Boston’s Eviction Moratorium Overreach

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A change of topic today to discuss the Boston Public Health Commission’s new eviction moratorium. The order, issued on August 31, is meant to reimpose restrictions in light of the Supreme Court’s recent decision in Alabama Association of Realtors v. Department of Health and Human Services, which declared the CDC’s eviction moratorium unlawful. It may be, as some news reports suggest, that the moratorium served a political purpose, given that Acting Mayor Janey was being pressured by another candidate in the city’s competitive upcoming mayoral election to impose a moratorium.

The Public Health Commission’s new order does not forbid landlords from serving notices to quit when a tenant fails to pay rent, or even from bringing a summary process action for possession when a tenant fails to vacate the property after the tenancy expires or is terminated. It only forbids landlords from taking the last step: having a sheriff physically evict the tenant on a writ of execution after judgment that the landlord is entitled to possession.

It’s also important to note that while the eviction moratorium that the Massachusetts legislature adopted at the height of the COVID epidemic has expired, Massachusetts law has always had significant protections for tenants, and even now, the law provides for continuances and stays of execution when a tenant whose ability to pay the rent was affected by COVID has a pending application for rental assistance (see Section 2(b) of Chapter 257 of the Acts of 2021).

Within the past year, I’ve represented both landlords and tenants in nonpayment of rent and lease termination cases. I have doubts about the wisdom of a general eviction moratorium not tied to a tenant’s efforts to obtain rental assistance, mainly because an eviction moratorium might only deepen the tenant’s financial woes in the long run (because the tenant remains liable for the unpaid rent and might end up with a very large debt that he or she can never realistically repay). But leaving aside questions about the wisdom of the new moratorium, I am concerned that it might simply be unlawful. The Boston Public Health Commission was created by statute, Chapter 147 of the Acts of 1995. The statute gives the BPHC the power make public health rules and regulations, but only consistent with other state law. It has the power:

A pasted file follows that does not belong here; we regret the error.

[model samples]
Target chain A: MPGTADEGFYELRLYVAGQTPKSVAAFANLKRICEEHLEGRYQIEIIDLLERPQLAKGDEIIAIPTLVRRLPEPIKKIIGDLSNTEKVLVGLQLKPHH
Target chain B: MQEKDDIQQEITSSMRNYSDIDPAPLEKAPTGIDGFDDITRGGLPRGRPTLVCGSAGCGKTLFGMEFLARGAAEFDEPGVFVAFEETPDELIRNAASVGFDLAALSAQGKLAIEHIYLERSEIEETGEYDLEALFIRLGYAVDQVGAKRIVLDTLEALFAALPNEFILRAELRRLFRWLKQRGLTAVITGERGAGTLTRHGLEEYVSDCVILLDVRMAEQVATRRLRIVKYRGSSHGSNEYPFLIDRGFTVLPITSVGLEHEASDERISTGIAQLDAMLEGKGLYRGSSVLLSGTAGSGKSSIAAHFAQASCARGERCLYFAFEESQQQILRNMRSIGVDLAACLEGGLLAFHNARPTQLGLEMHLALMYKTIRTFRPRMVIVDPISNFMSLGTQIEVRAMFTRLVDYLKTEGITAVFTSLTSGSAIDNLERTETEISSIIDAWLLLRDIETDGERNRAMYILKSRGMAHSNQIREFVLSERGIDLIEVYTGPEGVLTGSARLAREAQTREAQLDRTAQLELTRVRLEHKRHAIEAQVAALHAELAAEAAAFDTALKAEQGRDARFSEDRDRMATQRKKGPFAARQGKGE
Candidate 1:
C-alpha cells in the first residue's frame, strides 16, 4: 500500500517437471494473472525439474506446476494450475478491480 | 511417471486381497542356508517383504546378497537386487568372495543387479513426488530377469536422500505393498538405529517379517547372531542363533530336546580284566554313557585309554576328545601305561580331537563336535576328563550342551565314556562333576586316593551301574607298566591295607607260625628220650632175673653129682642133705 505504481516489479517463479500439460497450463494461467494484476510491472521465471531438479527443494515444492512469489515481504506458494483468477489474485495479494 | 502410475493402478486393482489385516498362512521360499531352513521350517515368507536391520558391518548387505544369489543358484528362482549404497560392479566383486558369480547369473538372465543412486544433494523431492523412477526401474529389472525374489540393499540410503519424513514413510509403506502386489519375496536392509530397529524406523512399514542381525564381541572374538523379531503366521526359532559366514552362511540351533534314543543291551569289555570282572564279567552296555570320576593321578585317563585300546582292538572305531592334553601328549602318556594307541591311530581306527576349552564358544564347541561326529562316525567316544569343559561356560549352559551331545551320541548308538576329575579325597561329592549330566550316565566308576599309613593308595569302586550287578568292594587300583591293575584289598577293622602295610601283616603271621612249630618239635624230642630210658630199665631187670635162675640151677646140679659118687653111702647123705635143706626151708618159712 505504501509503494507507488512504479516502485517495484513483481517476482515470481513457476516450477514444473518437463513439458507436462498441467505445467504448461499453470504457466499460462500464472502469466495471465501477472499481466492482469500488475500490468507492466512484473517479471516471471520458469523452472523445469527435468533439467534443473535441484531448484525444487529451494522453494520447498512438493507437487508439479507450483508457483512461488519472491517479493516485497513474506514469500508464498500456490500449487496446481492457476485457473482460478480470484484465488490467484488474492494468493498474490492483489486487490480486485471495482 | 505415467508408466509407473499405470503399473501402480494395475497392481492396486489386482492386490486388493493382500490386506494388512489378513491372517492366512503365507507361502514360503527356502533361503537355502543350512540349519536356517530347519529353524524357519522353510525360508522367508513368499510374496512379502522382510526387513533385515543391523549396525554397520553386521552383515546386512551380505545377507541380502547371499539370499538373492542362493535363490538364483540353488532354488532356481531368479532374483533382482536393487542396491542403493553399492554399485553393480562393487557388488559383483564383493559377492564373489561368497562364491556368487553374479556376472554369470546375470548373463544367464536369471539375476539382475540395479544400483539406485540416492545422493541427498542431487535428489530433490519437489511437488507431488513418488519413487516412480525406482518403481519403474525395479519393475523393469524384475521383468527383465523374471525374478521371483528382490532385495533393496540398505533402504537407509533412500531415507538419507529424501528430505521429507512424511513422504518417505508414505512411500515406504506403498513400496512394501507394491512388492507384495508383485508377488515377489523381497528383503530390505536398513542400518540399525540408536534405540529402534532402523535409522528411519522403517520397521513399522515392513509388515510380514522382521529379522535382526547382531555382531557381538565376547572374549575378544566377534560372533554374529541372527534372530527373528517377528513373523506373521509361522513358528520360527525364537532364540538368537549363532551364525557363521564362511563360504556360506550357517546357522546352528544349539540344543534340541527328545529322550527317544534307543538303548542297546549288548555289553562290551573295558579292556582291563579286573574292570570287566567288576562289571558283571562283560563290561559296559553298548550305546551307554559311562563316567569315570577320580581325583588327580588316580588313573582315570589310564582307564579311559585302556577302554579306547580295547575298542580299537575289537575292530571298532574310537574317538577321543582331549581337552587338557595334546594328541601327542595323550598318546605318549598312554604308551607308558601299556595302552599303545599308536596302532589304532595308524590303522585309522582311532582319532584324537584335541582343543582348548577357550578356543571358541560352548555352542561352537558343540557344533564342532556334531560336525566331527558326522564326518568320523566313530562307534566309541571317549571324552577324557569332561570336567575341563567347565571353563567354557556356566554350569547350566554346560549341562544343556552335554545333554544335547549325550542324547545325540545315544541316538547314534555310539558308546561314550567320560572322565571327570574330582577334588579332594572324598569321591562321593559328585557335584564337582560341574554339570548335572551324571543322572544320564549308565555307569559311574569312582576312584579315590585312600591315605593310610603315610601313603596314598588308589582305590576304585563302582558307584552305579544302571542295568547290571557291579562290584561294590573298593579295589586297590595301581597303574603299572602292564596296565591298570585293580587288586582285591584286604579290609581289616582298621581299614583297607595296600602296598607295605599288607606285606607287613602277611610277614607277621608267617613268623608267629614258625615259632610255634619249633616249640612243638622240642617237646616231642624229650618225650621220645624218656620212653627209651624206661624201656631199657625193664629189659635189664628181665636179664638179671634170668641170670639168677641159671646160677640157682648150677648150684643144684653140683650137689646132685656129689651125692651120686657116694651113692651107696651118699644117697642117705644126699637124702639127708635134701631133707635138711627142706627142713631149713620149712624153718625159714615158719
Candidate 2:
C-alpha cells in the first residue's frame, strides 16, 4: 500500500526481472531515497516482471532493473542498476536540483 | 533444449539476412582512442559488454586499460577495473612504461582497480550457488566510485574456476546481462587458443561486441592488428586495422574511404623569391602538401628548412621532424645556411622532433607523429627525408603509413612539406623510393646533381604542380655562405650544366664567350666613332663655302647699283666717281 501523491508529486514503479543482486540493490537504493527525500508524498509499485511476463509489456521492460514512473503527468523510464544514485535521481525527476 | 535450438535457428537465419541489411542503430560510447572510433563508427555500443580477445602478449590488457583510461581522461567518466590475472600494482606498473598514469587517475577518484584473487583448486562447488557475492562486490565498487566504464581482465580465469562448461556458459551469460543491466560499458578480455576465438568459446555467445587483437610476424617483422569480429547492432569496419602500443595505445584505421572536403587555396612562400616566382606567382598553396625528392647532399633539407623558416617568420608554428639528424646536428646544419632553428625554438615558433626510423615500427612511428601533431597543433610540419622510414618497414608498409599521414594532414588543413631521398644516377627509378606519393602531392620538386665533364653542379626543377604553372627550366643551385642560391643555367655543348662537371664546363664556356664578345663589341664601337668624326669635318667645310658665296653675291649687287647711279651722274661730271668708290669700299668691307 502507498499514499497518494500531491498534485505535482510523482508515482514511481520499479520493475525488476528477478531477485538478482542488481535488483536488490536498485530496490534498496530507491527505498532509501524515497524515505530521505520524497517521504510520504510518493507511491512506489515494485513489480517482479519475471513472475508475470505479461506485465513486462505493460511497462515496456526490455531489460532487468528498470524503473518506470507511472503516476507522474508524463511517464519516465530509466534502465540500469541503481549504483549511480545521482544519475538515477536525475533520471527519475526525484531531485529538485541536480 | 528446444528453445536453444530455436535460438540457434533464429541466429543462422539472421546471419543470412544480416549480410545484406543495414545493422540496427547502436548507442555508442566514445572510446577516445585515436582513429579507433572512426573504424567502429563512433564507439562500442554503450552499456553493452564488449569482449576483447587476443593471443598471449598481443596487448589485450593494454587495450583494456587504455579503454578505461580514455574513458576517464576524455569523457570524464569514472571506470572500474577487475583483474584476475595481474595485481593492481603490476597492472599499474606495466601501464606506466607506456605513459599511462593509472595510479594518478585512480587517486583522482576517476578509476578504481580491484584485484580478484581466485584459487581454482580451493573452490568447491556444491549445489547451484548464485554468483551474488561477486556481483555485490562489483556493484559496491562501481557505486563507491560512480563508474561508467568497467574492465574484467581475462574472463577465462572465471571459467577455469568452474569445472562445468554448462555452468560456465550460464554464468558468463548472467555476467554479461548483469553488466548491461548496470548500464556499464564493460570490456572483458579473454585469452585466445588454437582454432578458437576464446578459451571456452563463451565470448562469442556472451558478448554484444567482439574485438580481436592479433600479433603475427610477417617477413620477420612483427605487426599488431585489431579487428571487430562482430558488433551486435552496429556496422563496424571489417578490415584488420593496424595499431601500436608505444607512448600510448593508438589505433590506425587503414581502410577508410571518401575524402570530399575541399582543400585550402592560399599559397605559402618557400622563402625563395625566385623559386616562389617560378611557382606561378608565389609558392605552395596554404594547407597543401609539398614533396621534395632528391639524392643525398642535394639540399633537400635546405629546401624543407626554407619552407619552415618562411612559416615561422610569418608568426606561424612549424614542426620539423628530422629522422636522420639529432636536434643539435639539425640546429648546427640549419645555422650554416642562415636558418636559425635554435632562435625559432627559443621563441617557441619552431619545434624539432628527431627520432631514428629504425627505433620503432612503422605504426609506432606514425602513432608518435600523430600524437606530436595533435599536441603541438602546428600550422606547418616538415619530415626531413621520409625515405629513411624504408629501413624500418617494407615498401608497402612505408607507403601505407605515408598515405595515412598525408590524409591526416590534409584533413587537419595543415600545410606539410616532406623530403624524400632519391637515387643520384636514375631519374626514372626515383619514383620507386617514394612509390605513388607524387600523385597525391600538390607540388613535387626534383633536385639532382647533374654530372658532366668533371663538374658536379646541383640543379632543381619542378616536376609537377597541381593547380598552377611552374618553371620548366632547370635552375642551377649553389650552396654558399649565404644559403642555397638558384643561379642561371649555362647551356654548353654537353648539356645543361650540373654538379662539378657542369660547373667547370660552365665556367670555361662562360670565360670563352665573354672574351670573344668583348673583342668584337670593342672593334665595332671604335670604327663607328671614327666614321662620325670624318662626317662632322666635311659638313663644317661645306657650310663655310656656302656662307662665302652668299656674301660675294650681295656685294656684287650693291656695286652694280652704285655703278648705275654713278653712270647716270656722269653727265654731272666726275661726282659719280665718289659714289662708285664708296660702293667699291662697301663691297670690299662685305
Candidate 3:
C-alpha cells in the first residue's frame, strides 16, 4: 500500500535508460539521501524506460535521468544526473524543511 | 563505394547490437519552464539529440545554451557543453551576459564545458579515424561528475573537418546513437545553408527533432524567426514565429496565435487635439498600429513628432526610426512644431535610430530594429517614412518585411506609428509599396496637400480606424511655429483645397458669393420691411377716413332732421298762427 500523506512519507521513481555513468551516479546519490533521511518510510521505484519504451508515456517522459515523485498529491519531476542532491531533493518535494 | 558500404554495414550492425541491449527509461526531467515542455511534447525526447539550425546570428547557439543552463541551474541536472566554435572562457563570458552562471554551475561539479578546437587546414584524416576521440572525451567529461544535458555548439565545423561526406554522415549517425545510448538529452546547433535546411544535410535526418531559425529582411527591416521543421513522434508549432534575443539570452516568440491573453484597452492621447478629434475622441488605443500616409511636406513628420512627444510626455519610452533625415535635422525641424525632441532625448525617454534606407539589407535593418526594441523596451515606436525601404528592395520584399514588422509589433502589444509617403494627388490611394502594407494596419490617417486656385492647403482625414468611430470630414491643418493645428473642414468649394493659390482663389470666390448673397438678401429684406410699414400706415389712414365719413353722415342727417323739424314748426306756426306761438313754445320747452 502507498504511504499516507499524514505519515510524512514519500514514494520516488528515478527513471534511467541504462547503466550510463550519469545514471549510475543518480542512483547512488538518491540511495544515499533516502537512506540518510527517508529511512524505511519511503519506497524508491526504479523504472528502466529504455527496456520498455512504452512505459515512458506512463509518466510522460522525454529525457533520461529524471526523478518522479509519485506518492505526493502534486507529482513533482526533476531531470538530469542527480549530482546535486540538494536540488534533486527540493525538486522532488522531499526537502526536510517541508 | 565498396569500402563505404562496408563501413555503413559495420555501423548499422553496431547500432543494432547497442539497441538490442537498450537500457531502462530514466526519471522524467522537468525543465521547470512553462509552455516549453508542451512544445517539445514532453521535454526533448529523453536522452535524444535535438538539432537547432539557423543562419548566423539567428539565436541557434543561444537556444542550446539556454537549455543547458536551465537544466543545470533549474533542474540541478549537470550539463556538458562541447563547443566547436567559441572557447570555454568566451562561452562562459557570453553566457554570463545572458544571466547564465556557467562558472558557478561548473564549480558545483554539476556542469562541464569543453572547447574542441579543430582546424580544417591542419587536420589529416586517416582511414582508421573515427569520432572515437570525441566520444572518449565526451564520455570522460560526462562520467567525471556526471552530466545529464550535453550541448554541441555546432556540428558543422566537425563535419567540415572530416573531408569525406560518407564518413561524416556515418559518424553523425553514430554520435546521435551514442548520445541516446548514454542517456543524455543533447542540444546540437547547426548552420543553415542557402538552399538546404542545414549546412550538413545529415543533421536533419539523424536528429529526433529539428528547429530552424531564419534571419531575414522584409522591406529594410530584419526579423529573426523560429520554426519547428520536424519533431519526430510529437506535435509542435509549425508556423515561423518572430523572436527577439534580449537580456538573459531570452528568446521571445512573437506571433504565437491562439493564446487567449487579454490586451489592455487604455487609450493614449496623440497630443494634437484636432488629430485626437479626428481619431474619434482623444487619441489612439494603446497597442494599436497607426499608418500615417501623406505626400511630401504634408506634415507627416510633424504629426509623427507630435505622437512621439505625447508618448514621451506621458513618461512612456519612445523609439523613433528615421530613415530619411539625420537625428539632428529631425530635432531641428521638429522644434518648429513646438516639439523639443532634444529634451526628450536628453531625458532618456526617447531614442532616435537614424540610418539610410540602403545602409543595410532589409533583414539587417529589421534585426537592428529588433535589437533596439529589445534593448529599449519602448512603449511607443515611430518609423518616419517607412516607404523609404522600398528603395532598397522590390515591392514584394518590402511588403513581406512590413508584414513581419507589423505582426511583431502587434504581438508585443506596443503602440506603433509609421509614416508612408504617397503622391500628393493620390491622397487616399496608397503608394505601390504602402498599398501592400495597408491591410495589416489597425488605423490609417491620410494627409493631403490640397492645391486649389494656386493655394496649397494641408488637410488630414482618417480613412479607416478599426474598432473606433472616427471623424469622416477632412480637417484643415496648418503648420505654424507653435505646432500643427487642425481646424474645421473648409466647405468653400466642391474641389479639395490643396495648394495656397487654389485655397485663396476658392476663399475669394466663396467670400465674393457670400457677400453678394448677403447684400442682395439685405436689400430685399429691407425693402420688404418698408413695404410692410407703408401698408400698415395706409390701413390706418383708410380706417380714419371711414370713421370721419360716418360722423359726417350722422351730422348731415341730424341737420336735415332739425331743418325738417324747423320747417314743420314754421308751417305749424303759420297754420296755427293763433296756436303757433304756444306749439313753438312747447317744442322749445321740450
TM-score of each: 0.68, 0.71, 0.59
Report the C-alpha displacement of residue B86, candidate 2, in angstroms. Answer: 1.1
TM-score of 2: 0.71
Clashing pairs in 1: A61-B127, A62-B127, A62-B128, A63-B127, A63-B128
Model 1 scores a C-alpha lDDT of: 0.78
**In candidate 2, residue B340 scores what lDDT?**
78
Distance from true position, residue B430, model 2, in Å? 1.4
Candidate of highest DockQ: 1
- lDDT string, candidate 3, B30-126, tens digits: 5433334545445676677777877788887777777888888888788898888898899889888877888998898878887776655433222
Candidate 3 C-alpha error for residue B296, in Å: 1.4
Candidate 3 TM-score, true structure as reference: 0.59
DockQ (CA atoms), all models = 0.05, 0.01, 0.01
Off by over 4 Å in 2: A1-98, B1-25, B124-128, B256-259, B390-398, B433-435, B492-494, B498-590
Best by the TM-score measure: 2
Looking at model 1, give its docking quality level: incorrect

to adopt, amend and repeal reasonable health regulations not inconsistent with any public health regulation of the state department of public health or with any other provision of law, and prescribe for any violation of a health regulation made under this clause a fine according to the nature of the offense.

The problem seems to me to be that the moratorium is inconsistent with another provision of law, namely, the summary process laws, which provide, in general, that the landlord is entitled to possession in the common case where the tenant fails to pay and the landlord has properly terminated the tenancy (G.L. c. 239, s. 1), and which specifically provides that if the court finds the landlord is entitled to possession, he is entitled to an execution (G.L. c. 239, s. 3). How can a commission created by the legislature make a regulation contrary to state law, or interfere with the execution of a court’s judgment? The problem is apparent in the very first words of the moratorium: “Notwithstanding G. L. c. 186, G. L. c. 239 or any general or special law to the contrary.” From where does the BPHC claim to get the power to override the legislature?

I would urge everyone who is looking only at the ends, and not the means, to imagine the BPHC making regulations contrary to state law to serve ends that might seem less useful. Massachusetts, like some other states, has recently legalized cannabis as a matter of state law (though it remains illegal throughout the United States under federal law). If the BPHC decided to ban cannabis due to negative health effects, one response would of course be to argue the merits and to say that the BPHC simply “got it wrong.” But wouldn’t folks also say that the BPHC was overstepping its bounds and shouldn’t contradict the legislature? You bet they would. You could imagine many other examples.

In short: the moratorium seems to be an overreach by the BPHC. Folks who are in favor of greater protections than the legislature has put in place should seek new legislation.

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